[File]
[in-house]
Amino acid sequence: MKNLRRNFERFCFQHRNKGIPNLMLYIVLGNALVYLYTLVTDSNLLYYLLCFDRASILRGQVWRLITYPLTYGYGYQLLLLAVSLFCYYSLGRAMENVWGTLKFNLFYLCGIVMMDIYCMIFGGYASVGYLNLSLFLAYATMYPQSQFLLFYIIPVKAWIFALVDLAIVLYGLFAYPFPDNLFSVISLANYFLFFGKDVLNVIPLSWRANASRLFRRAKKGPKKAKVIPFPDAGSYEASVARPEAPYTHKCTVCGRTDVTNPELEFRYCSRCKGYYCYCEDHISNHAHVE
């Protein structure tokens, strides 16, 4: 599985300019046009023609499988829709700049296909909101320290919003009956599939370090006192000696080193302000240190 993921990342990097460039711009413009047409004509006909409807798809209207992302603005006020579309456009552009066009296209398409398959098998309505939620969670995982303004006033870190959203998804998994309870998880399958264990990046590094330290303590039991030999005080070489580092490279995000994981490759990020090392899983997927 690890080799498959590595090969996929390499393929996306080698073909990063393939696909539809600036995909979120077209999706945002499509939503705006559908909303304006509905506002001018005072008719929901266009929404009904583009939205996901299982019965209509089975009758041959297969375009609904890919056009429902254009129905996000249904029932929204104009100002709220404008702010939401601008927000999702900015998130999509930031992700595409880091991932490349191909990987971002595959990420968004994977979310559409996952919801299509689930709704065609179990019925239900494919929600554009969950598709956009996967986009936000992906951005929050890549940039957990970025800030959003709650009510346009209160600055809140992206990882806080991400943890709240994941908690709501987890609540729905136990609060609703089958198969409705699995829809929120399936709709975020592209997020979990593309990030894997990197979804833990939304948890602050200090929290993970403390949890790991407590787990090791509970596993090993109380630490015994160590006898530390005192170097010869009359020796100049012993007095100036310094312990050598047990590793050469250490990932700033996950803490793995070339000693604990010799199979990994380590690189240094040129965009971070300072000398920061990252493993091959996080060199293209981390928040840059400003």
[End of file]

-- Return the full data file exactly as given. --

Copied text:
[in-house]
Amino acid sequence: MKNLRRNFERFCFQHRNKGIPNLMLYIVLGNALVYLYTLVTDSNLLYYLLCFDRASILRGQVWRLITYPLTYGYGYQLLLLAVSLFCYYSLGRAMENVWGTLKFNLFYLCGIVMMDIYCMIFGGYASVGYLNLSLFLAYATMYPQSQFLLFYIIPVKAWIFALVDLAIVLYGLFAYPFPDNLFSVISLANYFLFFGKDVLNVIPLSWRANASRLFRRAKKGPKKAKVIPFPDAGSYEASVARPEAPYTHKCTVCGRTDVTNPELEFRYCSRCKGYYCYCEDHISNHAHVE
């Protein structure tokens, strides 16, 4: 599985300019046009023609499988829709700049296909909101320290919003009956599939370090006192000696080193302000240190 993921990342990097460039711009413009047409004509006909409807798809209207992302603005006020579309456009552009066009296209398409398959098998309505939620969670995982303004006033870190959203998804998994309870998880399958264990990046590094330290303590039991030999005080070489580092490279995000994981490759990020090392899983997927 690890080799498959590595090969996929390499393929996306080698073909990063393939696909539809600036995909979120077209999706945002499509939503705006559908909303304006509905506002001018005072008719929901266009929404009904583009939205996901299982019965209509089975009758041959297969375009609904890919056009429902254009129905996000249904029932929204104009100002709220404008702010939401601008927000999702900015998130999509930031992700595409880091991932490349191909990987971002595959990420968004994977979310559409996952919801299509689930709704065609179990019925239900494919929600554009969950598709956009996967986009936000992906951005929050890549940039957990970025800030959003709650009510346009209160600055809140992206990882806080991400943890709240994941908690709501987890609540729905136990609060609703089958198969409705699995829809929120399936709709975020592209997020979990593309990030894997990197979804833990939304948890602050200090929290993970403390949890790991407590787990090791509970596993090993109380630490015994160590006898530390005192170097010869009359020796100049012993007095100036310094312990050598047990590793050469250490990932700033996950803490793995070339000693604990010799199979990994380590690189240094040129965009971070300072000398920061990252493993091959996080060199293209981390928040840059400003």